Holy Angels School has always been small in size but staffed with sisters of great dedication and overflowing hearts. From the first days in 1956, when the four original sisters (Mother Ita, Sister Carmel, Sister Frances and Sister Patricia) arrived to teach in facilities that were temporary and below modern standards, to today, the sisters have given freely and generously of themselves to provide a quality education to the children of this area.

Thank you for recognizing their spirit and self-sacrifice.

J.P and Martha Skamel

Why Worry About Calcium, Magnesium When You Can Worry About Arsenic, Radium?

Your story about Tucson's tap-water supply ("Fluid Situation," March 6) was gravely misleading and disappointing. It suggested that the concern over a future blending of our Tucson water will be a matter of flavor (and damage) due to an increase in "total dissolved solids--including calcium and magnesium and smaller quantities of sodium, potassium and iron--found in Central Arizona Project water." These are seemingly innocuous, necessary minerals.

The article conveniently leaves out the fact that Tucson tap water is tainted with 27 different contaminants, many of which were dumped into our environment by mining and aircraft corporations. Arsenic, an endocrine disruptor, was recently found by researchers at Dartmouth University to inhibit the effects of progesterone and estrogen in women and is linked to infertility. Radium 226 and 228, radioactive byproducts of uranium, are known to cause bone sarcomas and kidney damage. Throw in the pharmaceuticals recently discovered in the water, and you've got a cesspool of potentially harmful toxins.

We citizens of Tucson, female and children in particular, need to know the real truth about the present dangers of Tucson's toxic tap water. As stewards of the truth, Molly McKasson and Dave Devine have an obligation to deliver "the whole story" regarding the real impact of the polluted water supply on Tucson's public health. The issue is not a future concern regarding flavor (and equipment/pipe damage); Tucson's drinking water presently is downright unfit for human consumption.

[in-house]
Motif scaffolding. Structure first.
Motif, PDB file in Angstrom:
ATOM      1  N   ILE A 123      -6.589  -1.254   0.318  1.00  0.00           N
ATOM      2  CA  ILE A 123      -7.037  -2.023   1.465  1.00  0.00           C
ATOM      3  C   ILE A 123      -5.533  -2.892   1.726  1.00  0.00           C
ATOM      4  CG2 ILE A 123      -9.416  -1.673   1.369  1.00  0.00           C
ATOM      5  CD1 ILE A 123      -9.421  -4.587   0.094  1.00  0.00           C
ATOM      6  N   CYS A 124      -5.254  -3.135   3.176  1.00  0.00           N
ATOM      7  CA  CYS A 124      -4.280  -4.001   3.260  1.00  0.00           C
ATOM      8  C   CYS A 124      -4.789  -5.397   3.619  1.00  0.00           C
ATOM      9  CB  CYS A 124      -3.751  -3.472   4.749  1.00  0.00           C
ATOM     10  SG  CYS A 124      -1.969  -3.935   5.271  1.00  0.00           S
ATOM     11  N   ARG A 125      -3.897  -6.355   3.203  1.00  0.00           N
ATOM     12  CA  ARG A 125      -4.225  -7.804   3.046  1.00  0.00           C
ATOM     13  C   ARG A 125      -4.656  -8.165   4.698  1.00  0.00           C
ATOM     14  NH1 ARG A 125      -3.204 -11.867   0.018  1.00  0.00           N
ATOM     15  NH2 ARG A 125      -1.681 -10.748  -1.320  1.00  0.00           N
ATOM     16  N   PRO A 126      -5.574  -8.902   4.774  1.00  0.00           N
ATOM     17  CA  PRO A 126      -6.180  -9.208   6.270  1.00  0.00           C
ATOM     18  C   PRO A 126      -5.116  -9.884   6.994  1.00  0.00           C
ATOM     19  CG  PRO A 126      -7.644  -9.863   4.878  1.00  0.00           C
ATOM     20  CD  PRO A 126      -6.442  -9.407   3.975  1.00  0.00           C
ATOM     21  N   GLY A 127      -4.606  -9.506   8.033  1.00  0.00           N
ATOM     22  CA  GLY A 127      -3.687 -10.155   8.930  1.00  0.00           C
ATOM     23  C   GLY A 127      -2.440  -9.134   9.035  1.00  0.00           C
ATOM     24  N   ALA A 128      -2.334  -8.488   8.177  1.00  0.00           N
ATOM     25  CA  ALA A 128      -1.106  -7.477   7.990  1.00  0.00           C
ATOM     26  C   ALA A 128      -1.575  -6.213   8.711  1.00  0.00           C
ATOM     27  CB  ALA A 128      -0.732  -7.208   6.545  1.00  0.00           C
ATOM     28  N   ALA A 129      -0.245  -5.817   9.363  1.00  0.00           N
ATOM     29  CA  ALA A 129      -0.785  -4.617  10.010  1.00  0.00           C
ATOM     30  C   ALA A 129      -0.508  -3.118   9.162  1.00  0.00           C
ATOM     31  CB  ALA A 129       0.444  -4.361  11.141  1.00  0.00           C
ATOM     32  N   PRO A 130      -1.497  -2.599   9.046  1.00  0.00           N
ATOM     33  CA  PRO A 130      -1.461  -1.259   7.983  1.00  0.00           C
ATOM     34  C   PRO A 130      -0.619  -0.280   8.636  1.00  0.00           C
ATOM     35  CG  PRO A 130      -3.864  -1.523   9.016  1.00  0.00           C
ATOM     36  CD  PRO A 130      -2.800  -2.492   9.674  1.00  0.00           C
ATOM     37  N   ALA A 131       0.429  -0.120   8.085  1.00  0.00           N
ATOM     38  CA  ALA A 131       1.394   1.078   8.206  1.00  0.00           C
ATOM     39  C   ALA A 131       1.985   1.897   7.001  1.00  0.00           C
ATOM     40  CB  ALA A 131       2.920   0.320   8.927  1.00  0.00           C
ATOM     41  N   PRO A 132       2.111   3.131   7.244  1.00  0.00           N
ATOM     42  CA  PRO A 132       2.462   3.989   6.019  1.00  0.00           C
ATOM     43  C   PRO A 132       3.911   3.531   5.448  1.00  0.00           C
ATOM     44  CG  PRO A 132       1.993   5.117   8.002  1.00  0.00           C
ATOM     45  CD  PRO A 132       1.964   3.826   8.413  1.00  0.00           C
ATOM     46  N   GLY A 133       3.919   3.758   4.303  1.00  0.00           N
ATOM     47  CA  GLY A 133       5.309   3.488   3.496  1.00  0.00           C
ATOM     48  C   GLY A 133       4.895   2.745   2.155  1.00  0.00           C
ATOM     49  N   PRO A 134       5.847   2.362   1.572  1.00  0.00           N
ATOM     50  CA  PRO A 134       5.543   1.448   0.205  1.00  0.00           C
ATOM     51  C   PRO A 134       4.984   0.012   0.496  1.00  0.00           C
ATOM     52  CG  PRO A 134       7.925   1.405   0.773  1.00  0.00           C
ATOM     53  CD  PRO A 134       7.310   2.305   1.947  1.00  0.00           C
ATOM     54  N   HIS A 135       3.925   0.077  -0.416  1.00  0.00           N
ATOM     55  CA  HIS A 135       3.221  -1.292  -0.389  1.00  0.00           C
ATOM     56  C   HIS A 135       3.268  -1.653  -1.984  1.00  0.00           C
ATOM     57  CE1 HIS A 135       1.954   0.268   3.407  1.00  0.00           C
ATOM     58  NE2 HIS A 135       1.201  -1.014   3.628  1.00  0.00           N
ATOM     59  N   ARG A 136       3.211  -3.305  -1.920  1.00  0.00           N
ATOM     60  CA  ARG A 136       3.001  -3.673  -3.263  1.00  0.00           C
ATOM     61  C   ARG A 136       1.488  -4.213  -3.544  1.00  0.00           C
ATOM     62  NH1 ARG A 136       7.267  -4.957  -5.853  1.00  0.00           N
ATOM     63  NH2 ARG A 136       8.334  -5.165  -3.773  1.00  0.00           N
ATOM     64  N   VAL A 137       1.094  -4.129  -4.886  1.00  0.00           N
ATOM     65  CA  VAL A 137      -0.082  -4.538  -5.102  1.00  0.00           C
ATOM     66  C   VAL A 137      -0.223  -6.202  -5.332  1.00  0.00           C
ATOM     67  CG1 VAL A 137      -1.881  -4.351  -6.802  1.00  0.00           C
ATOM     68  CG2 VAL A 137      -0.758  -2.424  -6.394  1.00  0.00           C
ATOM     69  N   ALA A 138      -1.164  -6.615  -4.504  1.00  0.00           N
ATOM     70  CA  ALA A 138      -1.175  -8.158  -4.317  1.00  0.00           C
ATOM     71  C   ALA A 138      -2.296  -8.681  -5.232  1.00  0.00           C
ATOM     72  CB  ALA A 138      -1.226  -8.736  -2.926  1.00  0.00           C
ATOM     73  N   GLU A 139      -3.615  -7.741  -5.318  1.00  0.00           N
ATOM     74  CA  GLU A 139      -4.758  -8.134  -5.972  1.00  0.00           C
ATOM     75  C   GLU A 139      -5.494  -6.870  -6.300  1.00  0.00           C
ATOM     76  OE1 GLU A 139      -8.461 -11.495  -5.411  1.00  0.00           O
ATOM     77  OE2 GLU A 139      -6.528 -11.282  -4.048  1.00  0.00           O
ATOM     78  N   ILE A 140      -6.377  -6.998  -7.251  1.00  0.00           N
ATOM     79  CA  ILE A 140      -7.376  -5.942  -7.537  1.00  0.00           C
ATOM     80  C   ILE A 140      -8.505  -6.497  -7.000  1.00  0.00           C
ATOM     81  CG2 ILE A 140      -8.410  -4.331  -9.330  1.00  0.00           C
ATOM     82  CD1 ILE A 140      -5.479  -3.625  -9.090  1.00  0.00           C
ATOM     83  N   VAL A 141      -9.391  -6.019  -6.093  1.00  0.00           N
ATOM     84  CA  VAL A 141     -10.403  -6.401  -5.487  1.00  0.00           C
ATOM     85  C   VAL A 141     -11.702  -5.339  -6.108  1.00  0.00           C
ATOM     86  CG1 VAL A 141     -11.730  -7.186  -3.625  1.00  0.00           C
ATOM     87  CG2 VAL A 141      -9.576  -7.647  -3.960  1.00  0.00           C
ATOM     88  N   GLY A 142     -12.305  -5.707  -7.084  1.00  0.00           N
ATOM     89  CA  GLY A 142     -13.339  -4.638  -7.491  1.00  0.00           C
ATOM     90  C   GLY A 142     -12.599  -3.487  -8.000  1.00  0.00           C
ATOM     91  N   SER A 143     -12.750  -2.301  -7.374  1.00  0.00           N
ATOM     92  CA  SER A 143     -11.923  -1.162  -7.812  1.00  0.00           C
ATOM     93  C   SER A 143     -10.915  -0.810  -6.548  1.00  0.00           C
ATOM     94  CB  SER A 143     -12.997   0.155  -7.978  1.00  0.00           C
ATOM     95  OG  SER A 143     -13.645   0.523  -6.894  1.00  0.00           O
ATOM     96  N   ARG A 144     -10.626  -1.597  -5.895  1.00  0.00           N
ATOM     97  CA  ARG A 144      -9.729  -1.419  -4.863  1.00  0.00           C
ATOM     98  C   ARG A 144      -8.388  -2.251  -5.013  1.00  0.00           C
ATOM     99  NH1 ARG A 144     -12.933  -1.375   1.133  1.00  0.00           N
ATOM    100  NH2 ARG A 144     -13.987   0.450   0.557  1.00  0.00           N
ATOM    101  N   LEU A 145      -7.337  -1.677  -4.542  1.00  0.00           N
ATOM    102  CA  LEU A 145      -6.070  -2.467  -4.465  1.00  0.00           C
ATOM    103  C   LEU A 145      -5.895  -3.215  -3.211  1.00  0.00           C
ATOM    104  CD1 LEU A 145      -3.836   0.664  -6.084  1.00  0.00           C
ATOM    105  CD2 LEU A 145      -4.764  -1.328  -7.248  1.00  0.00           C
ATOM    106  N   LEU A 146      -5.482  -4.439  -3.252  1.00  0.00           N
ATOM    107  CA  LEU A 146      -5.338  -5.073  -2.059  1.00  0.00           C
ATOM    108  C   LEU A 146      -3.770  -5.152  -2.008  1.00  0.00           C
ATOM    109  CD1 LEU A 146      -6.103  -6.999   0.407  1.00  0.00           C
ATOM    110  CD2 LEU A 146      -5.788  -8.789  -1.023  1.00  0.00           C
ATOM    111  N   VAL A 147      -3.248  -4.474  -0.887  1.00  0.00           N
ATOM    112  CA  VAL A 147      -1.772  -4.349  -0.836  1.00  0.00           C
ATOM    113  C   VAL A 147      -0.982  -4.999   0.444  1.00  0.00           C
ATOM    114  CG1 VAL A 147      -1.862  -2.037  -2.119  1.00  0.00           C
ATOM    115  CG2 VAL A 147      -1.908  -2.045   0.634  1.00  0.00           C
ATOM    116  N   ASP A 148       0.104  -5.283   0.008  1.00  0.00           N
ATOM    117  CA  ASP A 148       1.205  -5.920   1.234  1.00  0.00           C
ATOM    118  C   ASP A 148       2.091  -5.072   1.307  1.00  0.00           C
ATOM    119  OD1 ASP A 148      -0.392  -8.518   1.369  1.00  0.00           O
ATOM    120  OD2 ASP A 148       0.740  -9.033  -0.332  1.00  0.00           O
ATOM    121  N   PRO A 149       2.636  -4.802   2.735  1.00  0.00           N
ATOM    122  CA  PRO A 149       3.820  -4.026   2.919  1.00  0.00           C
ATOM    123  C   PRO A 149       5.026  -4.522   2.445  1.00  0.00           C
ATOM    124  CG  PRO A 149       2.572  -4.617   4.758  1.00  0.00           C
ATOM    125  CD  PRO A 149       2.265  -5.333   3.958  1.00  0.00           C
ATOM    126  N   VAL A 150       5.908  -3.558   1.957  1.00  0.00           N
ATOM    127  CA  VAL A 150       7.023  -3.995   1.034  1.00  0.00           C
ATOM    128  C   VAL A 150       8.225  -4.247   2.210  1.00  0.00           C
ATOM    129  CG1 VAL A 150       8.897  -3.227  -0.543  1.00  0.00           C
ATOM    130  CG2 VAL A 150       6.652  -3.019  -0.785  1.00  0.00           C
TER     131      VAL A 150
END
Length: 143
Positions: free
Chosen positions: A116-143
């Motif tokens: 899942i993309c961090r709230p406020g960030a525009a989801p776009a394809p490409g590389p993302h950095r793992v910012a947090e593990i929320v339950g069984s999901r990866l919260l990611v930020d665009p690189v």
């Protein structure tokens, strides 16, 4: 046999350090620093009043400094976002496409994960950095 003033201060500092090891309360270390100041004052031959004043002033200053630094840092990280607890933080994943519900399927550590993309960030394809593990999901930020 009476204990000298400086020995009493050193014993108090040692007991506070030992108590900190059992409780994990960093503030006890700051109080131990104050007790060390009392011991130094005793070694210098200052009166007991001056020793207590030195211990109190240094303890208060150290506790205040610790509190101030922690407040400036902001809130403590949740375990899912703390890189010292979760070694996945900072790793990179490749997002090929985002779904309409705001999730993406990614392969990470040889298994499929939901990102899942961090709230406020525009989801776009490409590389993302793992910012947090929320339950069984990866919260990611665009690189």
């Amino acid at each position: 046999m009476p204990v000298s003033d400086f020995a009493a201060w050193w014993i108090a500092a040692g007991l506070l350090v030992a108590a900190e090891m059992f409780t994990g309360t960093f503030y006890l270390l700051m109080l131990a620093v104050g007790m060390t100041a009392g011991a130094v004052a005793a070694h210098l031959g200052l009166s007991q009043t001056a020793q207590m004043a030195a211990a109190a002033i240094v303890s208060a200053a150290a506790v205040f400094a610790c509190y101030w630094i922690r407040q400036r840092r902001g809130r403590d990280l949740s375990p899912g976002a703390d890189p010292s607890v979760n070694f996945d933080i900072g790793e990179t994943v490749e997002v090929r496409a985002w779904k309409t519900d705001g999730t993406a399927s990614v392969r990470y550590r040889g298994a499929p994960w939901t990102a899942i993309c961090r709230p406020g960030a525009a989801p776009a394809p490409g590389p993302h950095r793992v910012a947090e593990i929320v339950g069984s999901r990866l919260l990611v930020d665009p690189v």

Sherry Savage

Mines Bring Bad Consequences That Southern Arizona Does Not Need

The proposed Rosemont copper mine in the Coronado National Forest must be stopped ("Hard Rock, Hard Truth," Currents, Feb. 28, and "Claim: Mining Is Better for Economy, Wealth-Creation Than Tourism, Sprawl," Mailbag, March 13). I am a property owner in the vicinity of the proposed mine in Pima County. I am scared to death of the prospects of a potential environmental disaster in my back yard.

Furthermore, I am opposed to greedy mining companies, many of which are not based in the United States, raping the land. These large and well-funded multinationals could care less about our air quality, water quality, safety and--most importantly--the destruction of environmentally sensitive land. Residing within the Coronado National Forest are rare and endangered species of wildlife, including birds and other species that cannot survive in a polluted open-pit mining project.

I am strongly opposed to the proliferation of new mining claims in Southern Arizona, especially near urban areas such as Sonoita, where pollution could cause public-health hazards. It is common knowledge that mining projects, similar to the proposed Rosemont copper mine, have resulted in a dramatic increase in the number of public-health hazards in rural communities, which are threatened by outdated mining laws. For example, a recent report (by the Environmental Working Group, covered) in the national news media, revealed that hard-rock mines have been the nation's "No. 1 toxic polluter for nine straight years, ever since reporting has been required," because of the chemicals disposed of near excavation sites.

I say no to mining in Southern Arizona, and no to the proposed Rosemont copper mine.

Douglas J. Downing